The second bad news story for racing is the incredible story and images appearing of the Grand National winning trainer Gordon Elliott of Ireland sitting on a dead horse on the gallops while making a phone call. With the Cheltenham racing festival coming up in ten days time, this too has proved somewhat of an embarrassment for the racing authorities of both the UK and Ireland. The images, which have been circulated on social media sites show the trainer sitting astride a dead horse who has just died of a heart attack while out training, talking onto his phone with a thumbs up sign. Now there could be many explanations, for example, he was giving someone the thumbs up in that he had managed to arrange the horse to be removed, or he could have just been totally insensitive. Whatever the excuse, the fact that he was sitting in such a way on a dead animal has caused outrage. The Irish Racing authority have also investigated the matter and have interviewed the trainer at length. They have taken the view, that Gordon Elliott was callus and insensitive and as a result have brought racing into disrepute. They have banned him from training for one year with six months suspended – in other words a six month ban. Many people think he should have been banned for life. We think that a punishment that severe would be overkill, but clearly Gordon Elliott would do well not to turn up at any racing venue in the UK for some time as he may well find he gets rather more than a six month ban? It comes after several sponsors of the Elliott training yard have pulled their sponsorship with immediate effect.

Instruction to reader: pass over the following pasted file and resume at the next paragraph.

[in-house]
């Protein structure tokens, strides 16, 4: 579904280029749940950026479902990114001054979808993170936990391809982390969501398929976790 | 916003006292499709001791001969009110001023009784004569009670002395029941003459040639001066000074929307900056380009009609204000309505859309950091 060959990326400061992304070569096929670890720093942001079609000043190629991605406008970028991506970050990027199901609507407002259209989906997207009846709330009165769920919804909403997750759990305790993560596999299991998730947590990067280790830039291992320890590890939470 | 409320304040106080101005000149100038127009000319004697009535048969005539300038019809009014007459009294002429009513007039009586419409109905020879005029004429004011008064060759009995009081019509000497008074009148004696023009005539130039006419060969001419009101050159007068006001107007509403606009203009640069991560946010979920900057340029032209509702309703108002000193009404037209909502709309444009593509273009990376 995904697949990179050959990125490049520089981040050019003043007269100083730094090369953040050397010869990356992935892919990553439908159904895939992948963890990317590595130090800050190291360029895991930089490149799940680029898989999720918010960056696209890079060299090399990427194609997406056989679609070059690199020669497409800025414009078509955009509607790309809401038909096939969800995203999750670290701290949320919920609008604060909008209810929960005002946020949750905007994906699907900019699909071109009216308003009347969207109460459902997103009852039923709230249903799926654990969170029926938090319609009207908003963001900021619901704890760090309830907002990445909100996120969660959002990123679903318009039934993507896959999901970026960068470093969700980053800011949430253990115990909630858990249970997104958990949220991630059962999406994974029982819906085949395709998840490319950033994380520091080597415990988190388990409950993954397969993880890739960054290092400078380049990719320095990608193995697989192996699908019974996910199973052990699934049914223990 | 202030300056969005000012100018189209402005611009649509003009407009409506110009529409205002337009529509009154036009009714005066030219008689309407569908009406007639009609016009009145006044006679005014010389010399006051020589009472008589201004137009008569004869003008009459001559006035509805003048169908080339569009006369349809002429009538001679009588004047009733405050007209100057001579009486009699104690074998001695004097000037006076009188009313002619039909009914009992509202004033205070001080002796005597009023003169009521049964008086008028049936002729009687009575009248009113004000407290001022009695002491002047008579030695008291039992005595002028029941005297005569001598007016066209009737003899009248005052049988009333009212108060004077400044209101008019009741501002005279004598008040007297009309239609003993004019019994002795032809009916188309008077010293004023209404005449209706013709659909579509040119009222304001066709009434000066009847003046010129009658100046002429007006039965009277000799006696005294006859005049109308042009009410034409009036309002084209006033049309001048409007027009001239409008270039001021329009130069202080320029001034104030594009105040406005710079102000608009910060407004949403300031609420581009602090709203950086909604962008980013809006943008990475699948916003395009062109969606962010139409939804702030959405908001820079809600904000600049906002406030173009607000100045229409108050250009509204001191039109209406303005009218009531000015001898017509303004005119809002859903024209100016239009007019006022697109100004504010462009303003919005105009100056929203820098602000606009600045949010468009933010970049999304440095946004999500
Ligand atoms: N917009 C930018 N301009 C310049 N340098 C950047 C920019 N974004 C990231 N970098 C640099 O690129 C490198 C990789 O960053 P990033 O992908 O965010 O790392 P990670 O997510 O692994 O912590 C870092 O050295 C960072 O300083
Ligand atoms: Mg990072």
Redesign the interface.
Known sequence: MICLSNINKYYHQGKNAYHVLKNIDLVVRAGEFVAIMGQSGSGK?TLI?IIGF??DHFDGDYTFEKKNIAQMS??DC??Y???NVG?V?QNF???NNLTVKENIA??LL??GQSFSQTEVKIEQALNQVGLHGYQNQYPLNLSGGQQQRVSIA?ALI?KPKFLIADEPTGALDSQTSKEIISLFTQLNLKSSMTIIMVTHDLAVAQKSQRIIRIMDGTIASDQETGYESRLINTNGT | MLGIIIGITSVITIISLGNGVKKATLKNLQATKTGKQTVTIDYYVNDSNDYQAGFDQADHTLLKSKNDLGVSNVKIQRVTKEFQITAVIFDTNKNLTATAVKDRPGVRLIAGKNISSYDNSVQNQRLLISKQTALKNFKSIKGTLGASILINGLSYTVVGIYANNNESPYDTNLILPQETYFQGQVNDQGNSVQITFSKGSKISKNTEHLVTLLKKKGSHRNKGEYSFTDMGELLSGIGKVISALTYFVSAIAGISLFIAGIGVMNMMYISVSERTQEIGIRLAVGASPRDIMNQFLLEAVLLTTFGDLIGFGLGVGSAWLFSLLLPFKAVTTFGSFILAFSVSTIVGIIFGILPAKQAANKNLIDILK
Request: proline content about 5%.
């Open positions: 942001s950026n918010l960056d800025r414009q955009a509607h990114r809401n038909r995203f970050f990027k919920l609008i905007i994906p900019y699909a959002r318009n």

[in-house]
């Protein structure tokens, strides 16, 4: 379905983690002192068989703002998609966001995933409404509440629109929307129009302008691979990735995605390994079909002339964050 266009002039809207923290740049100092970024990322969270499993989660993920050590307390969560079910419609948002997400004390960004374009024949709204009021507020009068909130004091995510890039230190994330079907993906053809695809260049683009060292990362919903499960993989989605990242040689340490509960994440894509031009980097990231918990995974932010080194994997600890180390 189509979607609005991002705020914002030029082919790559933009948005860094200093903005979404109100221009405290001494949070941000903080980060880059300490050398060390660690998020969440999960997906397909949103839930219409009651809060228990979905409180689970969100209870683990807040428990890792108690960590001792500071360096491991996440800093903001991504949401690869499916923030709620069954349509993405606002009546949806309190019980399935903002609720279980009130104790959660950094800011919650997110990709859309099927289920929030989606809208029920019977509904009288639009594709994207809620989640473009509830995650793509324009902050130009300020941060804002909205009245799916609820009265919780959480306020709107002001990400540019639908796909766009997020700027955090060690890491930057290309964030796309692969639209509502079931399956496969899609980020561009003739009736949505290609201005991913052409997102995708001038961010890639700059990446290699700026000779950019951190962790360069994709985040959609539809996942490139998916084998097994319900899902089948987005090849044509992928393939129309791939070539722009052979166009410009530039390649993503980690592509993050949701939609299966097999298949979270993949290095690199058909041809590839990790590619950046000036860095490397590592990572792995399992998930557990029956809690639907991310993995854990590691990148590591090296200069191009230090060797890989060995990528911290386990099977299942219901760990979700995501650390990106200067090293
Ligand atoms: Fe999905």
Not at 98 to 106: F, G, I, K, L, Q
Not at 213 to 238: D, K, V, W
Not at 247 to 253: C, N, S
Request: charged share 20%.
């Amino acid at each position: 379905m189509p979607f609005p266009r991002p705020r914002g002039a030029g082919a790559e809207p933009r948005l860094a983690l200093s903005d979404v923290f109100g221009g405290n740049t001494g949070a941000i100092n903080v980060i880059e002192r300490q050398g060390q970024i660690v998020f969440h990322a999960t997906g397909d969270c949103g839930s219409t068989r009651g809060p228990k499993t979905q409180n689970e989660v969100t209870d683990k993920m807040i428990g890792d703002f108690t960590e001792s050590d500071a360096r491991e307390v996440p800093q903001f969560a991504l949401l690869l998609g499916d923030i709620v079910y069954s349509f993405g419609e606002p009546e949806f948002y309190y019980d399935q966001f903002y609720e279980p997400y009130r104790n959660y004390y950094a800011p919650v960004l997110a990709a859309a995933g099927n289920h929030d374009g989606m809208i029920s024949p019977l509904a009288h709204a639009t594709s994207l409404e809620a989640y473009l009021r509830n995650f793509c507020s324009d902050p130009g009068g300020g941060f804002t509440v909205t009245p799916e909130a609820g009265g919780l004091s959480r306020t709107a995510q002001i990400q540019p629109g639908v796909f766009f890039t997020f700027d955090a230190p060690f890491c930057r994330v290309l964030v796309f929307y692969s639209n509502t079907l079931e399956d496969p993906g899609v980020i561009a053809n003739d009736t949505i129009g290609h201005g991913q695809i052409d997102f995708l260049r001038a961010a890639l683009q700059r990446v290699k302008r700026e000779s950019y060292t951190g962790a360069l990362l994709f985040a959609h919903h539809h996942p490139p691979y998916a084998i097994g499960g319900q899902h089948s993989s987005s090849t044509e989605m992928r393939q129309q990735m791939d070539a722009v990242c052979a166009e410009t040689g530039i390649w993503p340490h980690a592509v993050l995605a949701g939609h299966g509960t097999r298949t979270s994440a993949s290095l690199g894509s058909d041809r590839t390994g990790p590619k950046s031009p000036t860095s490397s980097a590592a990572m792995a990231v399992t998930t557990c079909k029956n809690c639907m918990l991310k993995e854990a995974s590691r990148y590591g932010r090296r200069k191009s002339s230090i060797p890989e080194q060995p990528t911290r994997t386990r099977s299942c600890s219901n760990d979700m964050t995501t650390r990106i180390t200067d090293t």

In conclusion, with the Cheltenham meeting next week and the start of the British flat season soon afterwards, racing could have done without such bad publicity and with no doubt, the BHA are going to have to tread very carefully and start a major damage limitation exercise if they are not to lose all the extra fans they have got due to the corona virus. In racing political terms, it will be an interesting and testing few weeks ahead, particularly in how racing deals with the potential difficulties with Sheikh Mohammed.
The editor Bernard Simpson has been involved with horses and the industry for over 40 years. Together with his wife, he bred many flat racehorses including some which were Royal Ascot winners. He is also experienced in equine media using video, photography and journalism. Bernard currently lives in Wiltshire. He and guest authors now present this blog and hope you like our articles.